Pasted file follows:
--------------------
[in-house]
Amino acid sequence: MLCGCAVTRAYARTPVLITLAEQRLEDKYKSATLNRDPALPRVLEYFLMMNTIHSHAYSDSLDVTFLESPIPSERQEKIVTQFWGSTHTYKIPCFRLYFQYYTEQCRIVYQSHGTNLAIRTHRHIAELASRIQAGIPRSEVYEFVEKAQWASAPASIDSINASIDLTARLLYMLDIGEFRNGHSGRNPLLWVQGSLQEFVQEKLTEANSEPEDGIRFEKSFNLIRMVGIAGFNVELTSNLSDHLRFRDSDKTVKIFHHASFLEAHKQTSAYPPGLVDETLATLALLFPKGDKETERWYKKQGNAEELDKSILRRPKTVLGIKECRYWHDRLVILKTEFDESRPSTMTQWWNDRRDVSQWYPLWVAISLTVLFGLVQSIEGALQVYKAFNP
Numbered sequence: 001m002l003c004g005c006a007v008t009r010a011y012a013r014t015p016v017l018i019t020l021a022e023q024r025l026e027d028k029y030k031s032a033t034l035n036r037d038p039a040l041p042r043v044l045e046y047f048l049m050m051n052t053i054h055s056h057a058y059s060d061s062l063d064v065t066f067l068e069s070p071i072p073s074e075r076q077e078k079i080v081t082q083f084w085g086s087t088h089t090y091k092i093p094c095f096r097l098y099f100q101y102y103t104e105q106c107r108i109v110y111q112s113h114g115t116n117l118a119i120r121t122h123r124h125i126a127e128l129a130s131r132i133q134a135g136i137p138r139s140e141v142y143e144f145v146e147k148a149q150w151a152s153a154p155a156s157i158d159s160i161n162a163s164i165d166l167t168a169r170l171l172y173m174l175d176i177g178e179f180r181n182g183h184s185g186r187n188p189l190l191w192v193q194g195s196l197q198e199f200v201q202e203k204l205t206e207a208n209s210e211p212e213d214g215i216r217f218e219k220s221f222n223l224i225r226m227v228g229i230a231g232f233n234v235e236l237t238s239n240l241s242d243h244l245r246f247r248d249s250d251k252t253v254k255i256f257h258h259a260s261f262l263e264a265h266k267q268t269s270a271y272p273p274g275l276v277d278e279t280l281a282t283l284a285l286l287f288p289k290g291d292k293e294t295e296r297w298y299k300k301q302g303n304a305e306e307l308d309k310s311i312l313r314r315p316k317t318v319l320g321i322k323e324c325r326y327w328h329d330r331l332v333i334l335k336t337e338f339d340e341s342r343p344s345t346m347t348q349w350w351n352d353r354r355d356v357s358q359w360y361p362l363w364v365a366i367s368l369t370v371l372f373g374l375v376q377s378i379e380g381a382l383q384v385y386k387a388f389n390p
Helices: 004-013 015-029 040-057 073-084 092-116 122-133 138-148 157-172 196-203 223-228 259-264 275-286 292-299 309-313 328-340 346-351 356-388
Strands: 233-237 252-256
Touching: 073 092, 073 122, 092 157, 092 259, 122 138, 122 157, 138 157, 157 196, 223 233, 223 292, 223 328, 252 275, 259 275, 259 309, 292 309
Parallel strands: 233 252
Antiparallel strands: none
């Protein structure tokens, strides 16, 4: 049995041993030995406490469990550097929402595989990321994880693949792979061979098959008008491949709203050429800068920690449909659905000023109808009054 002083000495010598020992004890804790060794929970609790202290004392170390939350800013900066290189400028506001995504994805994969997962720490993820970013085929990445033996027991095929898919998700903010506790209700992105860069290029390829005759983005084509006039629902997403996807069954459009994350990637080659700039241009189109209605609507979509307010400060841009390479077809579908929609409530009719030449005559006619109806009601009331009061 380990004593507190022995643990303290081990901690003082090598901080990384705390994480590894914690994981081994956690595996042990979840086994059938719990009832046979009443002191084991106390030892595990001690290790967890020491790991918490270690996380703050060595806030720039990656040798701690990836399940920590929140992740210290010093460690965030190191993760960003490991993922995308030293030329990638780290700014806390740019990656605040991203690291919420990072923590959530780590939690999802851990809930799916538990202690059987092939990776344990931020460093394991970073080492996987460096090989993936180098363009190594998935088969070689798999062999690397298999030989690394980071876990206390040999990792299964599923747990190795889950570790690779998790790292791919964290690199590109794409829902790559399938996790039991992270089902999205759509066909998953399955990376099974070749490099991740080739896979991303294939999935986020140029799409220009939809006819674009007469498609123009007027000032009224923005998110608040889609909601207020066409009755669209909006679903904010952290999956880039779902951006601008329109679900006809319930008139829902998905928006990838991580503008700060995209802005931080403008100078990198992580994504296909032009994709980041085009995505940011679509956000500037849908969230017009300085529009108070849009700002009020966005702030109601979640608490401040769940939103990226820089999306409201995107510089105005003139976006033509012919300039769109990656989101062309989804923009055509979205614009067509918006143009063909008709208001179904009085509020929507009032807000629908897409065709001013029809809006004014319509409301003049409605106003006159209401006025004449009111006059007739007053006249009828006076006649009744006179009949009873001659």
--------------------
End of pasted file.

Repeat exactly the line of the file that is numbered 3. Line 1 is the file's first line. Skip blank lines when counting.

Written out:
Numbered sequence: 001m002l003c004g005c006a007v008t009r010a011y012a013r014t015p016v017l018i019t020l021a022e023q024r025l026e027d028k029y030k031s032a033t034l035n036r037d038p039a040l041p042r043v044l045e046y047f048l049m050m051n052t053i054h055s056h057a058y059s060d061s062l063d064v065t066f067l068e069s070p071i072p073s074e075r076q077e078k079i080v081t082q083f084w085g086s087t088h089t090y091k092i093p094c095f096r097l098y099f100q101y102y103t104e105q106c107r108i109v110y111q112s113h114g115t116n117l118a119i120r121t122h123r124h125i126a127e128l129a130s131r132i133q134a135g136i137p138r139s140e141v142y143e144f145v146e147k148a149q150w151a152s153a154p155a156s157i158d159s160i161n162a163s164i165d166l167t168a169r170l171l172y173m174l175d176i177g178e179f180r181n182g183h184s185g186r187n188p189l190l191w192v193q194g195s196l197q198e199f200v201q202e203k204l205t206e207a208n209s210e211p212e213d214g215i216r217f218e219k220s221f222n223l224i225r226m227v228g229i230a231g232f233n234v235e236l237t238s239n240l241s242d243h244l245r246f247r248d249s250d251k252t253v254k255i256f257h258h259a260s261f262l263e264a265h266k267q268t269s270a271y272p273p274g275l276v277d278e279t280l281a282t283l284a285l286l287f288p289k290g291d292k293e294t295e296r297w298y299k300k301q302g303n304a305e306e307l308d309k310s311i312l313r314r315p316k317t318v319l320g321i322k323e324c325r326y327w328h329d330r331l332v333i334l335k336t337e338f339d340e341s342r343p344s345t346m347t348q349w350w351n352d353r354r355d356v357s358q359w360y361p362l363w364v365a366i367s368l369t370v371l372f373g374l375v376q377s378i379e380g381a382l383q384v385y386k387a388f389n390p